In Australia, fewer than one in three expected deaths takes place outside an institution, but eighty per cent of people say they would rather die at home.
I firmly believe that most people, given the opportunity, would prefer to die in familiar surroundings, amongst treasured possessions, cared for by people they know and love. The fact that it occurs so rarely is, I believe, less to do with the dying, and more to do with the living. The physical and mental strength required to nurse and oversee the deterioration and death of a loved one is incredible.
Katherine Baden’s brother, Don
When Hugh Baden realised he was terminally ill, he took steps to ensure that the months ahead would unfold in accordance with his wishes. He informed his wife Katherine that he wanted no one to come to the house, apart from family. He visited his solicitor and drew up an Advance Care Directive, stipulating the kind of treatment he would accept in various circumstances and clearly stating his intention to be cared for at home until he died.
Flipping through this document during my second interview with Katherine, eighteen months after she had successfully completed a task that pushed her to her absolute physical and emotional limit, I found myself wondering what my mother would have made of it. Faced with these confronting irreversible conditions, would she have chosen life regardless, and ticked yes for the most active of medical interventions to prolong her existence? What if, from the vantage point of full command of her faculties, she could have seen into her future and understood that it was her fate to become permanently mildly demented, unable to remember things or reason clearly; permanently unable to speak meaningfully; totally cared for by others; bedridden, unable to wash, feed, or dress herself?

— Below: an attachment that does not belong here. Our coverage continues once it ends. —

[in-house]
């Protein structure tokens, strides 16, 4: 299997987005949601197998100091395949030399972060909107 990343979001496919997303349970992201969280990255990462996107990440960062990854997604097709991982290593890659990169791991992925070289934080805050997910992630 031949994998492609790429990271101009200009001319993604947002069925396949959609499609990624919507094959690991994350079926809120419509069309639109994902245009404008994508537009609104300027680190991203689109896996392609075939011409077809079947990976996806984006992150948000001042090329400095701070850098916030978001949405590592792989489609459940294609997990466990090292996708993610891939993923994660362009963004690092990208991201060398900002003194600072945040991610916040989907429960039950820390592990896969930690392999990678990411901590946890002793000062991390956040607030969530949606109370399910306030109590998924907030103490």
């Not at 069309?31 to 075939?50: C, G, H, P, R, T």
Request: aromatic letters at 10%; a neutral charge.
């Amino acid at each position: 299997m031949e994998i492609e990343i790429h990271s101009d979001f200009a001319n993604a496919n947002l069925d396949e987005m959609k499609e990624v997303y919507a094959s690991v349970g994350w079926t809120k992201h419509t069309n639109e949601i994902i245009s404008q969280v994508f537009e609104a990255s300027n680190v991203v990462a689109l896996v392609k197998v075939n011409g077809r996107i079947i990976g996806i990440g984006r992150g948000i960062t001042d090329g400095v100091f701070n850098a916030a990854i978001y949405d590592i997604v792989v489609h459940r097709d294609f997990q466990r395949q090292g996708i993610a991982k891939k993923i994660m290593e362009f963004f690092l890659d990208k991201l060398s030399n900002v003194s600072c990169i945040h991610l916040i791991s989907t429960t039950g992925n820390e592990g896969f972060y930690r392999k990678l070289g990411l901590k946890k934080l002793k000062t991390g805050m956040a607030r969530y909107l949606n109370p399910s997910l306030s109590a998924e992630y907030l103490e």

Would she still have wanted to live? Would she still have expected us to care for her at home?
Hugh Baden’s Advance Care Directive indicated that he wanted no life-sustaining treatments. In a handwritten comment, he noted that he might have chosen differently if he hadn’t known that he would still be facing the lung cancer afterwards.
‘I wonder what my mum would have put,’ I say to Katherine. ‘If she’d been given something like this to fill out.’
I pause, realising just how unlikely it was that Mum would ever have wished to contemplate the possibilities listed on the form.
‘I think she would have felt that any bit of life was better than none,’ I say.
But of course I can’t be sure, because we never discussed it.